- 9:21 am - Tue, Jul 10, 2012
- 143 notes
For the 2012 Canada Blooms Garden Festival, Toronto-based landscape design firm b sq. Design Studio turned 105 standard-sized (48” long x 40” wide x 5” tall) pallets into a garden area featuring planter boxes planted with herbs, a water feature, and a 12-foot-tall playhouse with a “roof deck.”
Recycled wood pallets were chosen as the primary material for this feature garden as they were a commonly available material that everyone recognizes but only as an industrial object. Our challenge was to take this common element and make it into something beautiful and interesting that could be dismantled after the show and then returned into the commercial market once again to function as shipping pallets.
For more new uses for pallets, check out the archive here.
- 9:41 am - Fri, May 18, 2012
- 117 notes
Toronto is one of my favorite North American cities. Even though I haven’t lived in Toronto in more than 15 years, I’ve made several return visits, for business and pleasure, and enjoy keeping tabs on what’s happening there.
Over the past several years, I’ve noticed a handful of examples of creative reuse around town, particularly in restaurants and bars on the west side.
One such restaurant, Parts and Labour, designed by Castor, features lamps made from fire extinguishers (pictured above) and burned-out fluorescent tubes (shown below); bar stool bases are former truck springs. (photos by Lorne Bridgman, via zagat)
North of Parts and Labour, at a more recently opened place called Kitch, the bar’s constructed from wood reclaimed from a 70-year-old bowling alley. Salvaged stereo speakers are also part of the decor. (photo via Toronto Life magazine)
My brief roundup also includes Bar Neon (pictured below), where original ceilings were exposed after sections of drywall were removed during renovation. There, drinks will be served from an old shipping container (still under construction, from what I gather), and bathroom floors are inlaid with pennies. (photos by Gizelle Lau, via Toronto Life magazine)
Are there other examples that I should know about (and visit)?
- 9:13 am - Fri, Feb 24, 2012
- 150 notes
In Toronto, several people who work together in a group known as “The Art of Reuse" open up pop-up thrift shops in different locations every six months or so, selling merchandise — many items one-of-a-kind — they’ve handpicked (or "curated," as they say) from thrift stores around metro Toronto.
The group aims to “re-invent thrift shopping and the connotation it comes with, whether that be negative or positive,” by creating “well-branded, aesthetically pleasing” shopping environments with merchandise priced at $50 or less.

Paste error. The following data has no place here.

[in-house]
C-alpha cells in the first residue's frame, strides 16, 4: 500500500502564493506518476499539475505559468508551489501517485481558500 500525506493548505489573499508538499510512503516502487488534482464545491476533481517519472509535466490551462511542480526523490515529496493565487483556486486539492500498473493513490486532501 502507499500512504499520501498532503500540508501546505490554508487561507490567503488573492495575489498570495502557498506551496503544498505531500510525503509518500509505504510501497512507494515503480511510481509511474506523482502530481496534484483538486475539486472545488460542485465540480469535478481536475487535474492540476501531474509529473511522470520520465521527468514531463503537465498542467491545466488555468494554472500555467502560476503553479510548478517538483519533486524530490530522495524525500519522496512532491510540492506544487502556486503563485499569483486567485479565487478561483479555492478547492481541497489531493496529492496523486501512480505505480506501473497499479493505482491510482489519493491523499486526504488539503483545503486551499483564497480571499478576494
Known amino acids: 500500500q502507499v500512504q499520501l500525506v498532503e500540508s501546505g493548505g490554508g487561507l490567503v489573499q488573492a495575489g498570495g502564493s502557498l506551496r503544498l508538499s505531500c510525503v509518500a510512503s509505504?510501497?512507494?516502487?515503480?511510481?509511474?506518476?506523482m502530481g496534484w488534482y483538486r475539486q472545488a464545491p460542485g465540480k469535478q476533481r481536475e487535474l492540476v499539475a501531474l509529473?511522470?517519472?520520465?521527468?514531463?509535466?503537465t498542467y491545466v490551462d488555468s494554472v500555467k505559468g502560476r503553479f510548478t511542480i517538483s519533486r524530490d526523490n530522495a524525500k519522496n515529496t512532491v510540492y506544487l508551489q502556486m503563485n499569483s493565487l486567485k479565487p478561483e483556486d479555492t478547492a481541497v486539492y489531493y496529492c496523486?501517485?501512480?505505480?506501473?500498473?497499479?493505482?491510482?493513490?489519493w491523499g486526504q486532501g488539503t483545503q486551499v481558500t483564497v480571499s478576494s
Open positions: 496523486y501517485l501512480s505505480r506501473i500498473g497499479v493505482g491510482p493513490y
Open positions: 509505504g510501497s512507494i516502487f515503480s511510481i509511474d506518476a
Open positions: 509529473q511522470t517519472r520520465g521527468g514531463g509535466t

The temporary stores are “meant to cater to both the fashion conscious and the frugal customer alike.”
In The Globe and Mail, Katharine Scarrow reports:
“It’s never been about generating cash quickly, but raising awareness about thrifting and teaching people about sustainability,” says [group member] Courtney [Eastman].
In the six months leading up to [a store opening], the group spends four to five days a week, fanning to three to four shops a day, scouring each one for roughly an hour at a time. That’s roughly 480 hours of picking (and ultimately ditching) piles of clothes and accessories leading up to the main event.
More: In Pictures: Pop-up thrift shop draws a stylish crowd - The Globe and Mail
- 2:43 am - Sun, Jun 5, 2011
- 54 notes
Toronto has an abundance of planter boxes along its streets. Unfortunately many of them have been neglected and have become makeshift trashcans void of any actual plants. Fortunately, Toronto is also home to artist Sean Martindale, who had the vision to beautify the sometimes crumbling cement planters. Having received the Toronto FEAST Project Grant, he recruited 17 other artists, designers, and gardeners to complete his project, “Outside the Planter Boxes.”
Contributor Martin Reis used Legos to cleverly patch some of the planters. Find more photos on his website.
- 4:32 pm - Mon, Aug 23, 2010
- 1 note
Sign up for BIXI!!! http://toronto.bixi.com/index.php/frontend/news
Bike sharing rolls out in Toronto: An estimated 80 docking stations will be installed in the city’s central core in spring 2011.
Noteworthy (and admirable): the promotion of Bixi gift certificates to businesses to purchase for their employees.
(Personal note: As a veteran of several Toronto winters, I’d be inclined to discount the subscription rate from November-March, the less-desirable months for cycling!)
Earlier bike-sharing posts can be found here.